In past decades, gut microbiome perturbations appeared to play a role in the development of several autoimmune diseases. Microbiome dysbiosis together with genetic, lifestyle and/or diet factors may composedly affect the etiology of autoimmune diseases. Studies about the role of the gut microbiome in psoriatic arthritis (PsA), a chronic autoimmune disease of the joint, are limited. We propose that intestinal dysbiosis-associated microbiota or gut microbiota-derived products might reach the joint by translocation to the circulation leading to T-cell activation and inflammation that underline PsA. Future studies on the intestinal microbiome associated with psoriatic arthritis can provide new targets for diagnostic and treatment strategies. Recognizing the PsA 'early warning phases' could offer new windows of opportunities regarding prevention.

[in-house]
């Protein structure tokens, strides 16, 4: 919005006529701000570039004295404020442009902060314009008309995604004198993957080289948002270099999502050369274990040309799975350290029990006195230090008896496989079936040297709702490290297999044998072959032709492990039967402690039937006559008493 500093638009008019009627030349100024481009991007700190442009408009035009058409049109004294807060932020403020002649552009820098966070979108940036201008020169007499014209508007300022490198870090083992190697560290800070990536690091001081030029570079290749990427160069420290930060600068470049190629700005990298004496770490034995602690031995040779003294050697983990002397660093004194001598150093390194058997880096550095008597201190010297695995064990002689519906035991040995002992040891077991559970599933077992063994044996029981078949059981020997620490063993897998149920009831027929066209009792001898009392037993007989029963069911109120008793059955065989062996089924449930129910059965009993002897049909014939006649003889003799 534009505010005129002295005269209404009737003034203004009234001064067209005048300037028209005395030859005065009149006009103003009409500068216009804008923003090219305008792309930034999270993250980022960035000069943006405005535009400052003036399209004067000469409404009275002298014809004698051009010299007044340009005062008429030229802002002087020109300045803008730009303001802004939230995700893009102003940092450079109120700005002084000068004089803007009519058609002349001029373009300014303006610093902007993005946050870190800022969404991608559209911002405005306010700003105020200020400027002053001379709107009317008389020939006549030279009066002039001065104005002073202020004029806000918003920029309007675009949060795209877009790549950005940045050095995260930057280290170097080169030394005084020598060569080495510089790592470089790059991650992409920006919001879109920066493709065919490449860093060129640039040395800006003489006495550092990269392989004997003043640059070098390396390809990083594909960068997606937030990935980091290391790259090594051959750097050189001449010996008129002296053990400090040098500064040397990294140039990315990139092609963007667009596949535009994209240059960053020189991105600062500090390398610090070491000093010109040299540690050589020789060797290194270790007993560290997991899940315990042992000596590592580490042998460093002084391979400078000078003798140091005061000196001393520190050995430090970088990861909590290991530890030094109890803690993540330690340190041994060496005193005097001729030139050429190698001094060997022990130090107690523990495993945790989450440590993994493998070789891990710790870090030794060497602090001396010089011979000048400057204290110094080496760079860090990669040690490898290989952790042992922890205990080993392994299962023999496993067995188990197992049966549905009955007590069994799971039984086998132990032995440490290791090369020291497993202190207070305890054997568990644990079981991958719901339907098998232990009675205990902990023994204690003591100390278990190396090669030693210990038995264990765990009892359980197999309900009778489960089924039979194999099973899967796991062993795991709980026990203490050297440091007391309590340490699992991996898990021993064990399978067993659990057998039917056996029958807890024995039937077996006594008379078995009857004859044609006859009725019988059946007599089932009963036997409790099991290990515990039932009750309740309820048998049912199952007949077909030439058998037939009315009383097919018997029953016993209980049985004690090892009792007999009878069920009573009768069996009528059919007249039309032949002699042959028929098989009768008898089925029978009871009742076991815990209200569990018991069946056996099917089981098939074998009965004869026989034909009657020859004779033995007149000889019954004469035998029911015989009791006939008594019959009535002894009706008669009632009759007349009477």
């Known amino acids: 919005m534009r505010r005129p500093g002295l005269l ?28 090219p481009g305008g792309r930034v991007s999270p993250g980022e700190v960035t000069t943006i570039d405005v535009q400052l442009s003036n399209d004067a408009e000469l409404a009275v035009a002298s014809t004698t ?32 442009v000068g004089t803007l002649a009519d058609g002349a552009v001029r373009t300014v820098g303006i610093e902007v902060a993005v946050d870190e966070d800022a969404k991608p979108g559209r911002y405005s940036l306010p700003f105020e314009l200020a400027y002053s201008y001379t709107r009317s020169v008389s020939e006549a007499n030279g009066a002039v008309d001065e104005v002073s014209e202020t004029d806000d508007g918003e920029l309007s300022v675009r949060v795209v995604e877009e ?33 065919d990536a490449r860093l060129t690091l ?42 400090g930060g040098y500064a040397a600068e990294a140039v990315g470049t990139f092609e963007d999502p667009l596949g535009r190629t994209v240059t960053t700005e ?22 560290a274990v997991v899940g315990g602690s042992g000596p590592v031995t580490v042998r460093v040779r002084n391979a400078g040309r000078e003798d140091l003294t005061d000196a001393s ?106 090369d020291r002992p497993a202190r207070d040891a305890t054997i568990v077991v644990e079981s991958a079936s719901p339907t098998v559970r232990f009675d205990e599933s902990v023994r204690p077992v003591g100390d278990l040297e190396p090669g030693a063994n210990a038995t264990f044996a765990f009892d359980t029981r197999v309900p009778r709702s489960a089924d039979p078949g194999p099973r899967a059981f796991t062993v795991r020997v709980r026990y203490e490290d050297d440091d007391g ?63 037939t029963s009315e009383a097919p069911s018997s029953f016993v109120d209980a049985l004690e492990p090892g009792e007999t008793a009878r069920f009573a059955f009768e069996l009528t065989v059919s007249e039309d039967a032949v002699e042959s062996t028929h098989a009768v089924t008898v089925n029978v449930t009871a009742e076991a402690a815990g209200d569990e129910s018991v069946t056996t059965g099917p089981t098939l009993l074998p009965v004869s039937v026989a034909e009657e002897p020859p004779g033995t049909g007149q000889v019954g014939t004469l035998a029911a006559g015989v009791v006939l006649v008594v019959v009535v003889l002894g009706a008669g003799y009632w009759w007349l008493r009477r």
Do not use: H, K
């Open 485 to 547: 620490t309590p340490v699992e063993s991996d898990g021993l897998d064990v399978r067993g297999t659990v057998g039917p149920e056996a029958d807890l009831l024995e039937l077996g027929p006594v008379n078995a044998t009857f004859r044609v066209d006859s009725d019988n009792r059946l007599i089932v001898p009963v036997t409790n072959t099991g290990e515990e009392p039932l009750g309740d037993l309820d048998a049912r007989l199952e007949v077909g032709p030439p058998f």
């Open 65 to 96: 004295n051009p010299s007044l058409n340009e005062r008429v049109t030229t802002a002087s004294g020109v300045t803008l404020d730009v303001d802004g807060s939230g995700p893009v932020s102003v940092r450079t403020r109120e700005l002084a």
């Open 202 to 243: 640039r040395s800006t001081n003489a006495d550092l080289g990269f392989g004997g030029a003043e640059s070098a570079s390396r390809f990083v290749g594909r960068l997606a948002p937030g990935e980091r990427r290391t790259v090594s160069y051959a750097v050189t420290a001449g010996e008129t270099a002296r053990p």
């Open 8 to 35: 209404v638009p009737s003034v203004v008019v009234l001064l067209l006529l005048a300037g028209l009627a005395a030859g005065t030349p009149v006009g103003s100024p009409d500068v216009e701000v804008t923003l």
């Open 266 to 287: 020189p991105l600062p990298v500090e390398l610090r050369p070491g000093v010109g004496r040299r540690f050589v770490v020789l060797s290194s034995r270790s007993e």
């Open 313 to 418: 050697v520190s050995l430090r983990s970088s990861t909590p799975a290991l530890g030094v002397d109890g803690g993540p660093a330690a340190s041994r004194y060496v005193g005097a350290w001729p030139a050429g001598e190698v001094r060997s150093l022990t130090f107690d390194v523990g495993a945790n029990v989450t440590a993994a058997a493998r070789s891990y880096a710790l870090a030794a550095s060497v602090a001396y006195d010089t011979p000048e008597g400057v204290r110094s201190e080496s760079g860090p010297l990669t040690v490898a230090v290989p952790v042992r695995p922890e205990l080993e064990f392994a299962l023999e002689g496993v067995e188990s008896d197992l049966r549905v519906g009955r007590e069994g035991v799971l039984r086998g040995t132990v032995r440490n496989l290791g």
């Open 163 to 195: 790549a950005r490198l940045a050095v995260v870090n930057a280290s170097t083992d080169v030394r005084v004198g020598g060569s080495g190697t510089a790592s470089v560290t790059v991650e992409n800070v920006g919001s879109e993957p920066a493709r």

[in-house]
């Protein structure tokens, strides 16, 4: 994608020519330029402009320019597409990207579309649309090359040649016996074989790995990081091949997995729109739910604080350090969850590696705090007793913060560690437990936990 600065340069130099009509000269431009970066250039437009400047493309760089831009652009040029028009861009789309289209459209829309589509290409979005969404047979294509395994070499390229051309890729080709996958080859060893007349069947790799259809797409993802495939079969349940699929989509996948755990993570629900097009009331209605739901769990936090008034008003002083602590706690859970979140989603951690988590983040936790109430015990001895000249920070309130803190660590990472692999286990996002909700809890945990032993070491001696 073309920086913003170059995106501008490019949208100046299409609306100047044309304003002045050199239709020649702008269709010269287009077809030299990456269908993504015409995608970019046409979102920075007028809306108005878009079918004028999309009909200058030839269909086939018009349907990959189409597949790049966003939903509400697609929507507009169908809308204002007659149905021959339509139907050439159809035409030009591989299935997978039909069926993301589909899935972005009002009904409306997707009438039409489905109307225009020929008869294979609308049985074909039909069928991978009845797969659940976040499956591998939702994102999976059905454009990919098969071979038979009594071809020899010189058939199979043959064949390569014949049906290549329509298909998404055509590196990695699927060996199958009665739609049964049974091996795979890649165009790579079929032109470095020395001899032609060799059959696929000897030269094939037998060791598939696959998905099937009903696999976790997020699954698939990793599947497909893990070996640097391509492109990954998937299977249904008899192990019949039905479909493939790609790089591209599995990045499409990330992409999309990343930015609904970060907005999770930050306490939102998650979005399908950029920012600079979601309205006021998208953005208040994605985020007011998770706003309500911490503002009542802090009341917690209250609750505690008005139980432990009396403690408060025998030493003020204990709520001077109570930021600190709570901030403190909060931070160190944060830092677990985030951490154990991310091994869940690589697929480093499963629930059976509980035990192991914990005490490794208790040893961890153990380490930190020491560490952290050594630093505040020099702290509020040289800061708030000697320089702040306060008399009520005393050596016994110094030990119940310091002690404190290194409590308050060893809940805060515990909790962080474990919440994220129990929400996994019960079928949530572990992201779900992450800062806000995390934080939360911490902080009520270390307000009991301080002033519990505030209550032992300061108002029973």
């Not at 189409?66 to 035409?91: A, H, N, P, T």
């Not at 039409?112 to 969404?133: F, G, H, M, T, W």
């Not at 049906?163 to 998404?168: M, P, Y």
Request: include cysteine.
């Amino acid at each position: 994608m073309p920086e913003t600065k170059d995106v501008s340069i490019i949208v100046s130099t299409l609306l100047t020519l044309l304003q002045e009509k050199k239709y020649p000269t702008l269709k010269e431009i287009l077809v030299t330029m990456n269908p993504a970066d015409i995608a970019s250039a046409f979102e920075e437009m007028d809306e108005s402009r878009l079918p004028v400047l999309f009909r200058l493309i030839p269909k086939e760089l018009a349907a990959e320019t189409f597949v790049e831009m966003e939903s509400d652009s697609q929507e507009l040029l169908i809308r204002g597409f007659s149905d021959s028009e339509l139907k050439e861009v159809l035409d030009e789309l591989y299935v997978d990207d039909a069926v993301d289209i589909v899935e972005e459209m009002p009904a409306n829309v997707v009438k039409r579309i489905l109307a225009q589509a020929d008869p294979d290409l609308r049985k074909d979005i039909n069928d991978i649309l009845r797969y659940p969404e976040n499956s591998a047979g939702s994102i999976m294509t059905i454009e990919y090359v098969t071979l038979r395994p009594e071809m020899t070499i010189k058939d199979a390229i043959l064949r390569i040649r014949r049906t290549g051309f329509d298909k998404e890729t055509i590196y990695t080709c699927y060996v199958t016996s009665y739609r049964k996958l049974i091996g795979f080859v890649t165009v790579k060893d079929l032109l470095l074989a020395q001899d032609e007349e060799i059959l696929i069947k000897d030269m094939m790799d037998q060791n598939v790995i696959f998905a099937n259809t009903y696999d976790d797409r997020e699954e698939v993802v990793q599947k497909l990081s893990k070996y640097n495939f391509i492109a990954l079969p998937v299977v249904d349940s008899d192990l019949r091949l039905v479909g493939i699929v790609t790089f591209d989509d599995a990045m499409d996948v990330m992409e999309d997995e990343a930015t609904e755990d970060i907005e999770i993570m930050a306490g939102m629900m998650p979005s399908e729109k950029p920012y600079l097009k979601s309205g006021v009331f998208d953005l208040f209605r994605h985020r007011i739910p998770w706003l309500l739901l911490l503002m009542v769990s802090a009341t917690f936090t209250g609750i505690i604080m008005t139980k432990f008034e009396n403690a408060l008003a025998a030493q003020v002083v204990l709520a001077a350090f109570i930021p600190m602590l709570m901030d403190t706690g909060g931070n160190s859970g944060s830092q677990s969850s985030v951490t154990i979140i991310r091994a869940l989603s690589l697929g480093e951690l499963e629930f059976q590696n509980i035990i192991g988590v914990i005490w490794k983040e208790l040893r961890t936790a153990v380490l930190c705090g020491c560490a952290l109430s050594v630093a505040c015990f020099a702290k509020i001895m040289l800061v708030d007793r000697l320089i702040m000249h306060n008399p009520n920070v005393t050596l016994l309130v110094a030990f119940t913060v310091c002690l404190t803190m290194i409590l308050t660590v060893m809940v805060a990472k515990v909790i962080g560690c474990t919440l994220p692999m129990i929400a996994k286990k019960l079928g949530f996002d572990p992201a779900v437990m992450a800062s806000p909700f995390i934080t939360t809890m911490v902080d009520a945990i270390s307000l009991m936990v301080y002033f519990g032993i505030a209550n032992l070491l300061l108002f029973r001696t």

gut microbiome, microbiota, mycobiome, psoriasis, psoriatic arthritis, spondylarthritidis, Th17
dx.doi.org/10.2217/ijr.14.52, hdl.handle.net/1765/86433
International Journal of Clinical Rheumatology
Department of Gastroenterology & Hepatology

Eppinga, H, Thio, H.B, Peppelenbosch, M.P, & Konstantinov, S.R. (2014). The gut microbiome dysbiosis and its potential role in psoriatic arthritis. International Journal of Clinical Rheumatology, 9(6), 559–565. doi:10.2217/ijr.14.52